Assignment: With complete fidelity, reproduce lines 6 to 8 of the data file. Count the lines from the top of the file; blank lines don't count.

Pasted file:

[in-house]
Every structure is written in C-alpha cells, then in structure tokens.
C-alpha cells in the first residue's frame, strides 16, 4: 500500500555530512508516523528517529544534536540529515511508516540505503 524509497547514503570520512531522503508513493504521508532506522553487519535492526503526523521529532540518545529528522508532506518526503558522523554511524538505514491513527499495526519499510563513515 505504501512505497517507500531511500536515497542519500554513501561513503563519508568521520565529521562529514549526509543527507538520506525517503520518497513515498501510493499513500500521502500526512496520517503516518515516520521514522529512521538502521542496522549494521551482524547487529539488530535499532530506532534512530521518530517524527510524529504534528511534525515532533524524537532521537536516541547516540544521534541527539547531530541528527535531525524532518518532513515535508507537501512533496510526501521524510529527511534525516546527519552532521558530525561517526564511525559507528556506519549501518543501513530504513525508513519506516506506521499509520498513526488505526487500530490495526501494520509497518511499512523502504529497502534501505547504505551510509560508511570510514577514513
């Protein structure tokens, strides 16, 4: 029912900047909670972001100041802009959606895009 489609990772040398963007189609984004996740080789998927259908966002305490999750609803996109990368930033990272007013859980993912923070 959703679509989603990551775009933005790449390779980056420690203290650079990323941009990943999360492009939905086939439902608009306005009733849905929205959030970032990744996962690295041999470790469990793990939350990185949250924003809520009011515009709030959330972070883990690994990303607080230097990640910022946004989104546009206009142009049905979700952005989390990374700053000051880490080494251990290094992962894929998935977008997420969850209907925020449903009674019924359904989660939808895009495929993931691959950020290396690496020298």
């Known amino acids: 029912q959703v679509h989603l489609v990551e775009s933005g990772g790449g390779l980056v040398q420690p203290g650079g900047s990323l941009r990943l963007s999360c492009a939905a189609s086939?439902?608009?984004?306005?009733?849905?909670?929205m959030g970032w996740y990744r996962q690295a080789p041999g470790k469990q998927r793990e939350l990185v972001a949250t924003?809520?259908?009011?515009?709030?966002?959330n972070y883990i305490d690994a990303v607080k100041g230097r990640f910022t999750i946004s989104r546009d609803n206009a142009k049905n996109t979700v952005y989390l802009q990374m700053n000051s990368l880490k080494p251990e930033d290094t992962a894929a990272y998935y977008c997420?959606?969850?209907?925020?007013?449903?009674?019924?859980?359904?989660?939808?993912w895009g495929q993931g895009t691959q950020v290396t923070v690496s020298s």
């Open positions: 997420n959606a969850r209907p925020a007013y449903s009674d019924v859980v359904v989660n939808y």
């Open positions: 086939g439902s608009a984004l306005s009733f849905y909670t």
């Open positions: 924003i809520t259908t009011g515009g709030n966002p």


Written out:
């Open positions: 997420n959606a969850r209907p925020a007013y449903s009674d019924v859980v359904v989660n939808y």
């Open positions: 086939g439902s608009a984004l306005s009733f849905y909670t």
């Open positions: 924003i809520t259908t009011g515009g709030n966002p």